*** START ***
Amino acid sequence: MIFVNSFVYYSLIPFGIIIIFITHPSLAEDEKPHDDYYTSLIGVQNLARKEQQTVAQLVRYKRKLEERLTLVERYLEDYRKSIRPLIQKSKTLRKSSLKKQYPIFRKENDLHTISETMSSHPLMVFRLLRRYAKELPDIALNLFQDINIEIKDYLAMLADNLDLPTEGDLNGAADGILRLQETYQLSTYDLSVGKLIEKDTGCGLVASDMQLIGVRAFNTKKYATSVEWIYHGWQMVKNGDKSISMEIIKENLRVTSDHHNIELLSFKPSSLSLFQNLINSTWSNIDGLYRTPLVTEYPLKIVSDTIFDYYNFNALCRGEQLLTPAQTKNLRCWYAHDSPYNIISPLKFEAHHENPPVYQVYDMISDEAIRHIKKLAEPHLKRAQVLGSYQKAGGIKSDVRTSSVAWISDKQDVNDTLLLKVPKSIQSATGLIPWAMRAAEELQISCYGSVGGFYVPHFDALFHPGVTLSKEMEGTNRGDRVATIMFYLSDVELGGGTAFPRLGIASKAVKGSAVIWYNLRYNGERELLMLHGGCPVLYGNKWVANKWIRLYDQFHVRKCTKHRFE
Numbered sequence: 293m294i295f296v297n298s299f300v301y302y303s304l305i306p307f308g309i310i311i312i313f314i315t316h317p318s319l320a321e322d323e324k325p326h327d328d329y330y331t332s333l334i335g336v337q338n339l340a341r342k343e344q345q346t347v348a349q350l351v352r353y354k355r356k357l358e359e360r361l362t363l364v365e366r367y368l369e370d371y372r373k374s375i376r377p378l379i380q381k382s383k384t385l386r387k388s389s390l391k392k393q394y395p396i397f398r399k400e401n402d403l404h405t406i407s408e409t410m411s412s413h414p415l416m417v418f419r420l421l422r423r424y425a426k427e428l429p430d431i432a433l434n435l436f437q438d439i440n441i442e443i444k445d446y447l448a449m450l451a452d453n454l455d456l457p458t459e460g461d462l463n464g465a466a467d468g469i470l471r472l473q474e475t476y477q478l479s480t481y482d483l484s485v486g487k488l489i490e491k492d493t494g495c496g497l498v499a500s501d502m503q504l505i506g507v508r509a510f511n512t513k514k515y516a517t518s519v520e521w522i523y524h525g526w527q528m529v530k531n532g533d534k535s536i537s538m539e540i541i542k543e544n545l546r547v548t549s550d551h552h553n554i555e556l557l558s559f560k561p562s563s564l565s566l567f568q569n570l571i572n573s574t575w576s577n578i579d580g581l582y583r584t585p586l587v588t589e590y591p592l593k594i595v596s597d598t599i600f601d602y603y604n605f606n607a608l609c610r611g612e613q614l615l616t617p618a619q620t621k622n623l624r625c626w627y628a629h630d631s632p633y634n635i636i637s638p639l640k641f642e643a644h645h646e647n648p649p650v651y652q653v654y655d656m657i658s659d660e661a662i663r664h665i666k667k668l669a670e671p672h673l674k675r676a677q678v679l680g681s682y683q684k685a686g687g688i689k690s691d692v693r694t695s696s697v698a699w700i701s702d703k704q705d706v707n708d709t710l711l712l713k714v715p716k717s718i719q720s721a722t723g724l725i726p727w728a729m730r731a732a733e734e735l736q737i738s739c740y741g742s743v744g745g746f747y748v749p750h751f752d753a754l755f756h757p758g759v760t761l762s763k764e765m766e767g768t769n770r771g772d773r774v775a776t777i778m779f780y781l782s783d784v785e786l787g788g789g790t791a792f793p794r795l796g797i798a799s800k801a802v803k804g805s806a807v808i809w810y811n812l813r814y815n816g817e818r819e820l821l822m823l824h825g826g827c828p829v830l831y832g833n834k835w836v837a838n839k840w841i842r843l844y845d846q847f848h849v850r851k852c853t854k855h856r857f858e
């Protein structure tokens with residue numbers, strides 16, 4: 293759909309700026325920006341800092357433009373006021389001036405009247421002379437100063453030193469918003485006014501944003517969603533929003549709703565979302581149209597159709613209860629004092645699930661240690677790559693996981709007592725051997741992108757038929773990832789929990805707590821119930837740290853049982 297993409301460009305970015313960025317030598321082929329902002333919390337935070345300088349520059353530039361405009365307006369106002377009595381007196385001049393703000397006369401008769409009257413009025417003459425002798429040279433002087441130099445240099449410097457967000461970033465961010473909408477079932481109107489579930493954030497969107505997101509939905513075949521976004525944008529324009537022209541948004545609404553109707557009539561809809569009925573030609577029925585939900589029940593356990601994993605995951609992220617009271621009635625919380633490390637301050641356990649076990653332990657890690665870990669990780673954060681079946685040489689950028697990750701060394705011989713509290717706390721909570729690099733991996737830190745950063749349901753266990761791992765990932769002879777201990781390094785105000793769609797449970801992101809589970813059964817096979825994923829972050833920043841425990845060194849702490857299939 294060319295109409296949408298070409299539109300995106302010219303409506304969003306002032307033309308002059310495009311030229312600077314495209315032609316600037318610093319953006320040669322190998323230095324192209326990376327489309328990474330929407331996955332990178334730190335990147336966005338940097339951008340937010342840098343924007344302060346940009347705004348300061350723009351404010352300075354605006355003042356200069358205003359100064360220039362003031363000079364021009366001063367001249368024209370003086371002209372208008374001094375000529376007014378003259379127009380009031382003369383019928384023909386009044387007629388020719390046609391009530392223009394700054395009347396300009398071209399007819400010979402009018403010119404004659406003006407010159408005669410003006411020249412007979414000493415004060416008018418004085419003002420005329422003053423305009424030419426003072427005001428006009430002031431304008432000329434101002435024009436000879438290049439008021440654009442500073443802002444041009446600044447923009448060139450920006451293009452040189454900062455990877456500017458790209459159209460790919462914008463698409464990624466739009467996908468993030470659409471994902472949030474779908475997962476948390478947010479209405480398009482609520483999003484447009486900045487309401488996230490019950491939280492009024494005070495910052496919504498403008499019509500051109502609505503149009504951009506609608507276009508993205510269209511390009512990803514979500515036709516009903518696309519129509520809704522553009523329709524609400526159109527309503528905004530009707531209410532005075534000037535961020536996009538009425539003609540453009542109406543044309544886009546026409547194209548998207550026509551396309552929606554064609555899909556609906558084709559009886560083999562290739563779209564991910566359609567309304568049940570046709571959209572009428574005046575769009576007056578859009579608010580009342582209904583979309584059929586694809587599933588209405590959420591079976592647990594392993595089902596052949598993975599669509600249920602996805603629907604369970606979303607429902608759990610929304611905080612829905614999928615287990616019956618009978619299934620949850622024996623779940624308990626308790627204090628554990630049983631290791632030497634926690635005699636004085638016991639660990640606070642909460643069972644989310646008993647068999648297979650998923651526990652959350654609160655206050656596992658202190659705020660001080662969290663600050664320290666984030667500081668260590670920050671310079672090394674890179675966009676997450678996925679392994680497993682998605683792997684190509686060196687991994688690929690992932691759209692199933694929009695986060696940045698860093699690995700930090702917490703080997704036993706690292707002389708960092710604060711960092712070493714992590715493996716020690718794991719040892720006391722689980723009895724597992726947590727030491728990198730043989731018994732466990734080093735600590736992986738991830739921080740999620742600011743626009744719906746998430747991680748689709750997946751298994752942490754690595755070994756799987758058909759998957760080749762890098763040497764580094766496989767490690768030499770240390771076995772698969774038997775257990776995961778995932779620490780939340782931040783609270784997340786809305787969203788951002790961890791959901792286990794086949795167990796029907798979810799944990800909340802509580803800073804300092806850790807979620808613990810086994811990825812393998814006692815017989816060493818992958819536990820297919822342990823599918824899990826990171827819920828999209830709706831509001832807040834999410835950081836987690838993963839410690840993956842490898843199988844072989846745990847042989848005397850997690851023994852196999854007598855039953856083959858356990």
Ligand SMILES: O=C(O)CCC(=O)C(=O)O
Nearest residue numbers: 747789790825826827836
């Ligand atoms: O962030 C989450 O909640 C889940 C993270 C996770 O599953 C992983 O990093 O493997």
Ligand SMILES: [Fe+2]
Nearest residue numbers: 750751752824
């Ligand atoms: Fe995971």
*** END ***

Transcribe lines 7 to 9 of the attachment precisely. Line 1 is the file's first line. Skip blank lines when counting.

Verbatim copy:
Ligand SMILES: [Fe+2]
Nearest residue numbers: 750751752824
């Ligand atoms: Fe995971």